I love Greek mythology so I’m really excited for this one!

What are you reading at the moment? What are you looking forward to reading next? Chat with me in the comments!

Book Review: Gut Feelings by C. G. Moore

Gut Feelings by C. G. Moore

Genre: Young Adult

Publishing Info: January 2021 by UCLan Publishing

Pages: 400

Star Rating: 5/5

Back Cover Summary:

At school, I learned that words,

More than weapons,

Could destroy bodies,

Could break hearts

More than fists or fury.

This is the story of Chris, what happened to him at age eleven and how that would change the rest of his life. A life-affirming and powerful coming of age verse novel that shines a light on chronic illness, who we are and how we live.

Gut Feelings is an own voices novel in verse based on the author’s own experiences of living with Familial adenomatous polyposis (FAP). FAP is an inherited disorder characterised by the rapid growth of small, pre-cancerous polyps in the large intestines.

I found reading this novel incredibly moving and cathartic as I recognised some of my own experiences of chronic illness reflected in the pages. Similarly to the narrator of the novel, Chris, I was diagnosed as chronically ill at a young age, when I was ten years old. There are so many parts of this book I could quote, but I chose just a few to include in this review that really resonated with me.

“This room is no place 
 For a child
 That wants to run and swim, 
 Bike his way 
 To the top of the hill. 
 I listen and obey
 As curtains close 
 Around me –
 Around my future.” 

While the condition I have – Crohn’s disease – is a different condition to FAP, there is some overlap in symptoms and treatments as both affect the intestines. I could relate to the blood tests, the colonoscopies, the hospital visits, the surgery, the anxiety around having to rush to the toilet, of praying to make it through an exam, and issues of body image and scars. I could relate to the confusion and the fear of being faced with a diagnosis at such a young age.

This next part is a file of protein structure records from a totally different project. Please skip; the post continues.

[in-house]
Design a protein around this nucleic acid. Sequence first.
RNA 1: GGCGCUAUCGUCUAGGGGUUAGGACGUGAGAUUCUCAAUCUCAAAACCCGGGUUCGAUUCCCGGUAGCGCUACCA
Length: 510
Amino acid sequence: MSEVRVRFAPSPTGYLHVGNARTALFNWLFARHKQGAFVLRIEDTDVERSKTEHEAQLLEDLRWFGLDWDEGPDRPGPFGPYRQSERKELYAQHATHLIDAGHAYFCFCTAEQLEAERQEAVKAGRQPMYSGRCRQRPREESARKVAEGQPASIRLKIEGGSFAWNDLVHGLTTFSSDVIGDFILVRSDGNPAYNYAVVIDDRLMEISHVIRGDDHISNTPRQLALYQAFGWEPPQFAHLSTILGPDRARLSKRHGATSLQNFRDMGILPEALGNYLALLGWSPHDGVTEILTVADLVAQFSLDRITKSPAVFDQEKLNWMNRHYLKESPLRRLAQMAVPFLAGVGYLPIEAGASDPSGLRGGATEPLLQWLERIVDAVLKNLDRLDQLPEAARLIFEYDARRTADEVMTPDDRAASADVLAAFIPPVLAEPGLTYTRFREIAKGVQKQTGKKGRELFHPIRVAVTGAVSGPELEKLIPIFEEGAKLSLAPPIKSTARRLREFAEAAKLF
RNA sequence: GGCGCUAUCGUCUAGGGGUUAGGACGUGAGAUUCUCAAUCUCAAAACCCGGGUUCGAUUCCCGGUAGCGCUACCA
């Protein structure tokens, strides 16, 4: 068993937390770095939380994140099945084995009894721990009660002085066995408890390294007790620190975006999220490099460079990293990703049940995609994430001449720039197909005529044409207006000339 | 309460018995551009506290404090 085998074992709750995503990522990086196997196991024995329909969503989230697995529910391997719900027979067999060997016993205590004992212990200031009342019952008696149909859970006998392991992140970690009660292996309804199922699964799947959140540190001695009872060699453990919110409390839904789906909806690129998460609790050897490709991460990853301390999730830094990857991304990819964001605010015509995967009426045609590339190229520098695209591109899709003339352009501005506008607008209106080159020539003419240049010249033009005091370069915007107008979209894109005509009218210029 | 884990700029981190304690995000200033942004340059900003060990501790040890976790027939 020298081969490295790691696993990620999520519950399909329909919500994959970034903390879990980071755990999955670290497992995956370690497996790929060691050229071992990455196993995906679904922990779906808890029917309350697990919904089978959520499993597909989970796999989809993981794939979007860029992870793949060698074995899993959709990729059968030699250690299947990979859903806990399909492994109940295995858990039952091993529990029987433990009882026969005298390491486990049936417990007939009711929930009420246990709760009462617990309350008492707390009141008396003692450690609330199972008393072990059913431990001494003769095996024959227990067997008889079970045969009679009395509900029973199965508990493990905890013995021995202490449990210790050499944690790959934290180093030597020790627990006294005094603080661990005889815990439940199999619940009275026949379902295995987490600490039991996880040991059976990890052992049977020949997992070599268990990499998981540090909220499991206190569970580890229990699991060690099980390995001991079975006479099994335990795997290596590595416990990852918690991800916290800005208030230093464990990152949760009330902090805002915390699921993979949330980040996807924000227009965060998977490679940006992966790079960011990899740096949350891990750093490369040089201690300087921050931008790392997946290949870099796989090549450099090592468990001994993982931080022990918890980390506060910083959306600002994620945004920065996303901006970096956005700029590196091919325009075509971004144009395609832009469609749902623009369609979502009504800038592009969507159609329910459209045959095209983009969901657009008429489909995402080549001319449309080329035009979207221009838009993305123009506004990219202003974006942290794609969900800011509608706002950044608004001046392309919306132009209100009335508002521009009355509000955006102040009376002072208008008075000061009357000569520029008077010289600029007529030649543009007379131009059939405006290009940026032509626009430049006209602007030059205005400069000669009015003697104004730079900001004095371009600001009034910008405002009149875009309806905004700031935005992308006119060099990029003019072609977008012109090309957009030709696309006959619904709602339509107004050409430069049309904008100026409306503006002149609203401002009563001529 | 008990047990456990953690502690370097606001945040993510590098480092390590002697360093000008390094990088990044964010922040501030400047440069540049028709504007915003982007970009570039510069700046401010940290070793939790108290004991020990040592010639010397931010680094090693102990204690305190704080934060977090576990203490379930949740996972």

Read More »

February 2021 Wrap Up

This month was pretty good for reading considering I read two 5 star reads! I don’t give 5 stars very often so to have two in one month is pretty amazing. But on the flip side, the other two books I read were quite disappointing which isn’t so good.

Links take you to my reviews!

The Midnight Star by Marie Lu ⭐⭐⭐⭐⭐ – This was just the perfect ending to the Young Elites series. I felt so emotional reading the last few chapters.

Shadow Kiss by Richelle Mead ⭐⭐⭐ – This is the third book in the Vampire Academy series and I found it a bit slow. I’m not sure if I’m still enjoying this series enough to continue.

Queen of Shadows by Sarah J. Maas ⭐⭐⭐⭐⭐ – This was the best book in the Throne of Glass series so far – I loved it! I was hooked all the way through and absolutely devoured it in hardly any time at all.

The Prison Healer by Lynette Noni ⭐⭐ – I’ve started writing my review for this but I think I need a bit of time to process and think through what I want to say about this one. I found the twist ending very frustrating.

I absolutely love Ancient Greek mythology so I just had to have Lore by Alexandra Bracken and I’m excited to read it soon. I ordered a set of signed / signed book plate editions of the Shades of Magic series by V. E. Schwab from Forbidden Planet but at the moment I’ve only received the second and third books. I’m starting to wonder if I’ll ever get A Darker Shade of Magic.